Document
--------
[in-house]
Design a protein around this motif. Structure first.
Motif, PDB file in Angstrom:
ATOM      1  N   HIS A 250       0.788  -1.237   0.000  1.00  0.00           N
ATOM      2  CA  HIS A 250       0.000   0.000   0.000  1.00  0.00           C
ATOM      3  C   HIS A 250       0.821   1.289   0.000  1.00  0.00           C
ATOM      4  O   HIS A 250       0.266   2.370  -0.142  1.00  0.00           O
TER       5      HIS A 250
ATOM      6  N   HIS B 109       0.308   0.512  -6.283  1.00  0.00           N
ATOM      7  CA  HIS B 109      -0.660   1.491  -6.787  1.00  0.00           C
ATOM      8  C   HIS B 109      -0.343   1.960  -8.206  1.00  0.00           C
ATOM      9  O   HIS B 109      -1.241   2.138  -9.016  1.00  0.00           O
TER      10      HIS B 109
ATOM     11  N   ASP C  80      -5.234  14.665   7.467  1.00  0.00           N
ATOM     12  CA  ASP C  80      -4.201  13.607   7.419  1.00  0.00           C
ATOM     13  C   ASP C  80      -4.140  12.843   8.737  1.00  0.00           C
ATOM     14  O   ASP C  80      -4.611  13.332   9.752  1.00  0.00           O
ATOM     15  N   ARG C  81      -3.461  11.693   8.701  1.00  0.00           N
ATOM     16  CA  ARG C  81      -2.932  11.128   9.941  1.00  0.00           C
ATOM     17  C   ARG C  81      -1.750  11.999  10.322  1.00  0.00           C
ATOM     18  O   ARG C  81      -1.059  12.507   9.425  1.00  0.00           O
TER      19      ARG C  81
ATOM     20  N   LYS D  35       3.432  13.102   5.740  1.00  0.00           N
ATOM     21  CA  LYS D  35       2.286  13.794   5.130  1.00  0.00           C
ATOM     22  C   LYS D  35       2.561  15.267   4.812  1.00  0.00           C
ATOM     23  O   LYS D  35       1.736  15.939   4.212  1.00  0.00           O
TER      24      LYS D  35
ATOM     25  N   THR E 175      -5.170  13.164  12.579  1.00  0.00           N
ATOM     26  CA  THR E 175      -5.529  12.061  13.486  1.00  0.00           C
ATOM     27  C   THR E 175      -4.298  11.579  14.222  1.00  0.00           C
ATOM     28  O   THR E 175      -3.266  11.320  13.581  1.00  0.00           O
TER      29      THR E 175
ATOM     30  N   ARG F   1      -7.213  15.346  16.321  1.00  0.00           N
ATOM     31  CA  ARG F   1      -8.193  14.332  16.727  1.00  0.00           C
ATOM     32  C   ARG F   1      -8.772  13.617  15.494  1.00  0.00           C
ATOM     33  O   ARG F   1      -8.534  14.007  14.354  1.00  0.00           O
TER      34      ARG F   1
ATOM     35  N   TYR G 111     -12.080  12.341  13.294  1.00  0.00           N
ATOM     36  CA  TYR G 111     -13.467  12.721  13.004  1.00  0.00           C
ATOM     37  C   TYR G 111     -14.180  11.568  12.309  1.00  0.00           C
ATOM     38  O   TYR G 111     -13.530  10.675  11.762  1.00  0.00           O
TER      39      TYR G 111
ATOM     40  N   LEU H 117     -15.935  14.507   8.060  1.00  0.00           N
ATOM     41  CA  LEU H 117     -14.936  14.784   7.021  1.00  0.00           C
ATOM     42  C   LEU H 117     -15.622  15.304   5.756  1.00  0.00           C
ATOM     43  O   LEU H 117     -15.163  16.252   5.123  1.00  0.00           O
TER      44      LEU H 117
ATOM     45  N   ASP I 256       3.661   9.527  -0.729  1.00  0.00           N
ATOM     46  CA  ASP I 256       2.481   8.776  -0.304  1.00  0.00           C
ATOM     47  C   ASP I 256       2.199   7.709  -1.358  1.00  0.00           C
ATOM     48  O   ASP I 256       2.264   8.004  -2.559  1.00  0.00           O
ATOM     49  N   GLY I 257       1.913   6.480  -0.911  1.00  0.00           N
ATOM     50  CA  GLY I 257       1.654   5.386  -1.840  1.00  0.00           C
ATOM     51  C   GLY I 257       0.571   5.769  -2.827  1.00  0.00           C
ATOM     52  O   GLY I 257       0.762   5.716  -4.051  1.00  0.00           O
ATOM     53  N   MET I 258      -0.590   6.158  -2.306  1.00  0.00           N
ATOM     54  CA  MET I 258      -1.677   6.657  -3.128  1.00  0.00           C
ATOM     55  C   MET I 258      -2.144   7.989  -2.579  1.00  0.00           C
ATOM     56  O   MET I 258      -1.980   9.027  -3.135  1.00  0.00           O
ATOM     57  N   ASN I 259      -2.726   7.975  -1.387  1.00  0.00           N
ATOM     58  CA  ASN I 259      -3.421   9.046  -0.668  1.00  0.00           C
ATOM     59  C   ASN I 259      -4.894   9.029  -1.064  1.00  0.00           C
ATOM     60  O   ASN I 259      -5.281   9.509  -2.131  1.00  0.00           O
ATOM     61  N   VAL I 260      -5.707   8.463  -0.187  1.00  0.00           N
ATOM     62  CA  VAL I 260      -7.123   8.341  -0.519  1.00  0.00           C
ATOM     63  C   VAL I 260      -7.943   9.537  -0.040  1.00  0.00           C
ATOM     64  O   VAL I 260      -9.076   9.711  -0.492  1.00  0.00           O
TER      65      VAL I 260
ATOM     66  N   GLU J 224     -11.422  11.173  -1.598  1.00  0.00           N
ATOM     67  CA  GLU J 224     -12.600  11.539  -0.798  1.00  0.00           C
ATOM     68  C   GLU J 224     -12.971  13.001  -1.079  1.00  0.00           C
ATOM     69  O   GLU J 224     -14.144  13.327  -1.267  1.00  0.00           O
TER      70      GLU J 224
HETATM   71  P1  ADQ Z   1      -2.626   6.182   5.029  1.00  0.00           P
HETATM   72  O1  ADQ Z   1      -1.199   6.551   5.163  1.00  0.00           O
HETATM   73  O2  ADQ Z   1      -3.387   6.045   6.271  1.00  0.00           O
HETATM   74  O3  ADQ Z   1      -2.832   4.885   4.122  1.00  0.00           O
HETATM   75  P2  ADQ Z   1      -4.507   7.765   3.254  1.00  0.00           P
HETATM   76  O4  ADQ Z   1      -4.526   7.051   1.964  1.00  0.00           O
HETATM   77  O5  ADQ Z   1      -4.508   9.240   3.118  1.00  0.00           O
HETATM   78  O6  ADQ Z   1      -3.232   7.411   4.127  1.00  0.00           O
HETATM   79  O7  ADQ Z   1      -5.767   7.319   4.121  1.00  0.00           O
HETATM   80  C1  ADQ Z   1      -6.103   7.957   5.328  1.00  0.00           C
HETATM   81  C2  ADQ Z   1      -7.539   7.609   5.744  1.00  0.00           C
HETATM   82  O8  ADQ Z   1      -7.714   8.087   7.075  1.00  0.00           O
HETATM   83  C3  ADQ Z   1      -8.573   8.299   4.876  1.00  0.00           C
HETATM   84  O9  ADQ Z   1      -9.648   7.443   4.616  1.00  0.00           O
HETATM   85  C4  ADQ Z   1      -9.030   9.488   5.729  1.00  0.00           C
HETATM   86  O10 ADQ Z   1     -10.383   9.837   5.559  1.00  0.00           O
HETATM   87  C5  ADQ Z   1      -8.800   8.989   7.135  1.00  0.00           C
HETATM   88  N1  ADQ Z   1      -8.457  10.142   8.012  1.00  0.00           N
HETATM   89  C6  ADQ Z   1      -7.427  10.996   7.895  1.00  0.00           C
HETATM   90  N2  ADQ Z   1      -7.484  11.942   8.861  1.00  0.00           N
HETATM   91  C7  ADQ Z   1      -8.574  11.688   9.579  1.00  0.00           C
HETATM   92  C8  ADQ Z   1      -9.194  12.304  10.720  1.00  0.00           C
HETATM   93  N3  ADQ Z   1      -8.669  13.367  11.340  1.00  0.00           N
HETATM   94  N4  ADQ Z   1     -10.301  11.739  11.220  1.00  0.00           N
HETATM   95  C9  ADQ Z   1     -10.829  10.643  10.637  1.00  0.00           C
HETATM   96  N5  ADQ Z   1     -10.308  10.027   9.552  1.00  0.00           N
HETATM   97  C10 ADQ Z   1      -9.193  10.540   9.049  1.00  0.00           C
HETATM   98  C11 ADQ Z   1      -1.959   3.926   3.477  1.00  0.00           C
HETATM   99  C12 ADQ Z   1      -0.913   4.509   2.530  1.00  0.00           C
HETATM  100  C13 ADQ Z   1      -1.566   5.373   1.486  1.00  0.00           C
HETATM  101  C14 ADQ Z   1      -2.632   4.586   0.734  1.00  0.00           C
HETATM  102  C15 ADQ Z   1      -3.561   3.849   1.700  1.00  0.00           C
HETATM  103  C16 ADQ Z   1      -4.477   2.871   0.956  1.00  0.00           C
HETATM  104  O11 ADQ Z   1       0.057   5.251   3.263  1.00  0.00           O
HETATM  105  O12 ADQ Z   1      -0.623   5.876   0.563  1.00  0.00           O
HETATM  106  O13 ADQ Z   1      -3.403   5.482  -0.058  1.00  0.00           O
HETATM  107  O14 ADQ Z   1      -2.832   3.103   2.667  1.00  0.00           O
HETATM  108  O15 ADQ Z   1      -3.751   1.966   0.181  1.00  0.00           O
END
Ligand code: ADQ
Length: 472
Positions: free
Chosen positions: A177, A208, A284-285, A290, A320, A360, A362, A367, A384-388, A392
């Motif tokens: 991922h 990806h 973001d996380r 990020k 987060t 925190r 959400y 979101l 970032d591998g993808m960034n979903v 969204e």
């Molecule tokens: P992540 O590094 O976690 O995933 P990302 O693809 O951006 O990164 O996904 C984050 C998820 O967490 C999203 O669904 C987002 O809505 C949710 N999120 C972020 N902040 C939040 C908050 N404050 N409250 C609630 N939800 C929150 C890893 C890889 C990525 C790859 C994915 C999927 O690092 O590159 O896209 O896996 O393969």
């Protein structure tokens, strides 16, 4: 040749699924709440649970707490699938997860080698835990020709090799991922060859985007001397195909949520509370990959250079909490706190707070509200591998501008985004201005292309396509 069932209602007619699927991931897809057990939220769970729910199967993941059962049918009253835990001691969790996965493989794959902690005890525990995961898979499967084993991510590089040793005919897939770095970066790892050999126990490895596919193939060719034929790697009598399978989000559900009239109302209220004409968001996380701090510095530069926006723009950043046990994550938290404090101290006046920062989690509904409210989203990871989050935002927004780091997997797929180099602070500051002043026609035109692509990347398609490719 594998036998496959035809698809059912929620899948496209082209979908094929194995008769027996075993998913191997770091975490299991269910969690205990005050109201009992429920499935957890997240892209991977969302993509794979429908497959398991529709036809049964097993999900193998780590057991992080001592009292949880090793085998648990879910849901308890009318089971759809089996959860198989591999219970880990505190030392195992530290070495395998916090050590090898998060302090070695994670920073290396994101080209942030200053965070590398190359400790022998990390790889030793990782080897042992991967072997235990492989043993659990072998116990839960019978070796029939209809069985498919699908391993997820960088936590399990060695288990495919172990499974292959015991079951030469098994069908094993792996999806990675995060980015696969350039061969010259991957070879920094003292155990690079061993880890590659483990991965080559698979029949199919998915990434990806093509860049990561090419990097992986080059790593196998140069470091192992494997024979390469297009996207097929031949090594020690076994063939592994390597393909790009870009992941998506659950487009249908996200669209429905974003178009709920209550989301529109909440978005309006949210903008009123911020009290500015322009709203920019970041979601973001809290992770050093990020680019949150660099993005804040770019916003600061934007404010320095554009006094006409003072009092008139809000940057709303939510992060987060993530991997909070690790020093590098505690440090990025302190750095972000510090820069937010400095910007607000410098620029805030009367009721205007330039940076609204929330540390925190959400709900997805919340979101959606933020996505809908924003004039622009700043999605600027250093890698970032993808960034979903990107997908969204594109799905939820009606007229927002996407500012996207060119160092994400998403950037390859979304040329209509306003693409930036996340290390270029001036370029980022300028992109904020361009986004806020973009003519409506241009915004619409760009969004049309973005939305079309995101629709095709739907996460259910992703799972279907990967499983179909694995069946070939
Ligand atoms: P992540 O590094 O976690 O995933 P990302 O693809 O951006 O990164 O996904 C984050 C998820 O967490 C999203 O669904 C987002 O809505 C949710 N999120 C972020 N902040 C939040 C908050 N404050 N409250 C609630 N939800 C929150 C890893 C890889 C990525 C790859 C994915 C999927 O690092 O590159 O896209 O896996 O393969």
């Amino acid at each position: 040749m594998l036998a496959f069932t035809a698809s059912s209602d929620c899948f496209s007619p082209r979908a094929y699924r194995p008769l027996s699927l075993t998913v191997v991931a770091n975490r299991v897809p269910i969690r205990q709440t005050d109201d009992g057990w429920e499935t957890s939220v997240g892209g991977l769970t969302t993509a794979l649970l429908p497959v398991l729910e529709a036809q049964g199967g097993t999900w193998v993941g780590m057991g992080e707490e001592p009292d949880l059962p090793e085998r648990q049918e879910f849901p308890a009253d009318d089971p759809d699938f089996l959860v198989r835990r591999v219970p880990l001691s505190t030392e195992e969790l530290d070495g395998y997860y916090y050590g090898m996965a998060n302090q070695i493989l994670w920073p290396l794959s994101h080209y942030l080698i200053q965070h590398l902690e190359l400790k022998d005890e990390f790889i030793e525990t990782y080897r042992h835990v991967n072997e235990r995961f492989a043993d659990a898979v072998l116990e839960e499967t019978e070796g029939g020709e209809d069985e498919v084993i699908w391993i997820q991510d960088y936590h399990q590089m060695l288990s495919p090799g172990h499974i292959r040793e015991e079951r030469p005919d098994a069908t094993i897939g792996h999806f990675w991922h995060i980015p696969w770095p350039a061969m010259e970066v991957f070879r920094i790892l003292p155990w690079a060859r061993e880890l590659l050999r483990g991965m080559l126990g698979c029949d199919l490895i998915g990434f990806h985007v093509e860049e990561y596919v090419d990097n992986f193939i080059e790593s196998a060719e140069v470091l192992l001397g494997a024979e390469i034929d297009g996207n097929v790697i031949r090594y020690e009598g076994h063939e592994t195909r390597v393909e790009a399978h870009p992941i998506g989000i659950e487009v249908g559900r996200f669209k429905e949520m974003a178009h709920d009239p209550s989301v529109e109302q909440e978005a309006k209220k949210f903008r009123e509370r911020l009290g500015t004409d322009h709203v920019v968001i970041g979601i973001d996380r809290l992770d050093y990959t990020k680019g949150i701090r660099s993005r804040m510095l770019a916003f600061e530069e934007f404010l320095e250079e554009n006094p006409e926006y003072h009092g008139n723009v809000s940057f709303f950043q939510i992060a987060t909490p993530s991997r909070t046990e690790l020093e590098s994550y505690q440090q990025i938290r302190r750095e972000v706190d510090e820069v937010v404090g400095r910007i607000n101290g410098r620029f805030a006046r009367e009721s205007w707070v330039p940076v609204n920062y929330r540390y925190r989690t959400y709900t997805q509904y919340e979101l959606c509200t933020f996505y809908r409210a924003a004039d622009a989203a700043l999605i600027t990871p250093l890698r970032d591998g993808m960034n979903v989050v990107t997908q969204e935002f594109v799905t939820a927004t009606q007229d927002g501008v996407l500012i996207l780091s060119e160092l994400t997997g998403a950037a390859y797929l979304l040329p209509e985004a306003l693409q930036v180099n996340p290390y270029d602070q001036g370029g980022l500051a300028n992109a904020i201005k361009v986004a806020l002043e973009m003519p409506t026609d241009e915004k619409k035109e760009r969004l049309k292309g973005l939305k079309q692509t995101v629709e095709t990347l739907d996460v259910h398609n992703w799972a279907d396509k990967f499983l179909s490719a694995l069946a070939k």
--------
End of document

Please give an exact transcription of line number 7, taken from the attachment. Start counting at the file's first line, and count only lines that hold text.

ATOM      4  O   HIS A 250       0.266   2.370  -0.142  1.00  0.00           O